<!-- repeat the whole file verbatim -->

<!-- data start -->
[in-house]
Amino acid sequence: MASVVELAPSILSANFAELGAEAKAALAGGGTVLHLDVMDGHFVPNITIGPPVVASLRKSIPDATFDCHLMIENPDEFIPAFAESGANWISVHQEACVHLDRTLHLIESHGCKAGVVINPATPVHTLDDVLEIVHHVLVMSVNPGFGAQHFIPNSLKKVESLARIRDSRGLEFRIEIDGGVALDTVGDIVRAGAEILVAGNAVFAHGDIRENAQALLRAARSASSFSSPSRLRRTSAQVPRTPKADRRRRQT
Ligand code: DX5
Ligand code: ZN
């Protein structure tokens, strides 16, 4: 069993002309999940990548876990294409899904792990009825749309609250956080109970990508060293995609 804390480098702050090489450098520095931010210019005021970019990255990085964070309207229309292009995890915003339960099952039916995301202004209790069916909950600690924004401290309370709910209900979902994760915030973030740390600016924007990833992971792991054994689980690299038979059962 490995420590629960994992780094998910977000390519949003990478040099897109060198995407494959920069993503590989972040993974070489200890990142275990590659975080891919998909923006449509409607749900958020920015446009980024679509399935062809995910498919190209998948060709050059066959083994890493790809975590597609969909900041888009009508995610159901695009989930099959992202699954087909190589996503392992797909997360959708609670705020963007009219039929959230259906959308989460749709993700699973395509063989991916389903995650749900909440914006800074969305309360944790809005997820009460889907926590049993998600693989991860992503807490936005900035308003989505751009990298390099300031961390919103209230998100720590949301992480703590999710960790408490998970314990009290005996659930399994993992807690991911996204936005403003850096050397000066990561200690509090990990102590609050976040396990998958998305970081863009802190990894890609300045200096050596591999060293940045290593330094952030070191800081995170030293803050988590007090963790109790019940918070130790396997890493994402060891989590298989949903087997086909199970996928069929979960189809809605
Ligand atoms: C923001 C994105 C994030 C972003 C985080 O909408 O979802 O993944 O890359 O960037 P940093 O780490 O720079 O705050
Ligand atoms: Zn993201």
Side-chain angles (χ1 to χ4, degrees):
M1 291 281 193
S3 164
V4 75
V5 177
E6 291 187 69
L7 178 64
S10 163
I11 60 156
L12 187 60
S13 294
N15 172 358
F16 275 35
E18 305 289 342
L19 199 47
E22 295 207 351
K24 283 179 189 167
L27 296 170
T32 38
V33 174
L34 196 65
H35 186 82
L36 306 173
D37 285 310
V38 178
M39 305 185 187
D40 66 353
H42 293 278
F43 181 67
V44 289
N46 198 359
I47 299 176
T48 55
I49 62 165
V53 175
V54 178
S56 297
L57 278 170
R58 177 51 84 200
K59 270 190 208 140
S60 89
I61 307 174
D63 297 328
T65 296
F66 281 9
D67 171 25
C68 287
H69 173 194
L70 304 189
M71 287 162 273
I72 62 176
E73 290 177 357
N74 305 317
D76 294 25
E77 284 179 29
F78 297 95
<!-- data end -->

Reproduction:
[in-house]
Amino acid sequence: MASVVELAPSILSANFAELGAEAKAALAGGGTVLHLDVMDGHFVPNITIGPPVVASLRKSIPDATFDCHLMIENPDEFIPAFAESGANWISVHQEACVHLDRTLHLIESHGCKAGVVINPATPVHTLDDVLEIVHHVLVMSVNPGFGAQHFIPNSLKKVESLARIRDSRGLEFRIEIDGGVALDTVGDIVRAGAEILVAGNAVFAHGDIRENAQALLRAARSASSFSSPSRLRRTSAQVPRTPKADRRRRQT
Ligand code: DX5
Ligand code: ZN
């Protein structure tokens, strides 16, 4: 069993002309999940990548876990294409899904792990009825749309609250956080109970990508060293995609 804390480098702050090489450098520095931010210019005021970019990255990085964070309207229309292009995890915003339960099952039916995301202004209790069916909950600690924004401290309370709910209900979902994760915030973030740390600016924007990833992971792991054994689980690299038979059962 490995420590629960994992780094998910977000390519949003990478040099897109060198995407494959920069993503590989972040993974070489200890990142275990590659975080891919998909923006449509409607749900958020920015446009980024679509399935062809995910498919190209998948060709050059066959083994890493790809975590597609969909900041888009009508995610159901695009989930099959992202699954087909190589996503392992797909997360959708609670705020963007009219039929959230259906959308989460749709993700699973395509063989991916389903995650749900909440914006800074969305309360944790809005997820009460889907926590049993998600693989991860992503807490936005900035308003989505751009990298390099300031961390919103209230998100720590949301992480703590999710960790408490998970314990009290005996659930399994993992807690991911996204936005403003850096050397000066990561200690509090990990102590609050976040396990998958998305970081863009802190990894890609300045200096050596591999060293940045290593330094952030070191800081995170030293803050988590007090963790109790019940918070130790396997890493994402060891989590298989949903087997086909199970996928069929979960189809809605
Ligand atoms: C923001 C994105 C994030 C972003 C985080 O909408 O979802 O993944 O890359 O960037 P940093 O780490 O720079 O705050
Ligand atoms: Zn993201």
Side-chain angles (χ1 to χ4, degrees):
M1 291 281 193
S3 164
V4 75
V5 177
E6 291 187 69
L7 178 64
S10 163
I11 60 156
L12 187 60
S13 294
N15 172 358
F16 275 35
E18 305 289 342
L19 199 47
E22 295 207 351
K24 283 179 189 167
L27 296 170
T32 38
V33 174
L34 196 65
H35 186 82
L36 306 173
D37 285 310
V38 178
M39 305 185 187
D40 66 353
H42 293 278
F43 181 67
V44 289
N46 198 359
I47 299 176
T48 55
I49 62 165
V53 175
V54 178
S56 297
L57 278 170
R58 177 51 84 200
K59 270 190 208 140
S60 89
I61 307 174
D63 297 328
T65 296
F66 281 9
D67 171 25
C68 287
H69 173 194
L70 304 189
M71 287 162 273
I72 62 176
E73 290 177 357
N74 305 317
D76 294 25
E77 284 179 29
F78 297 95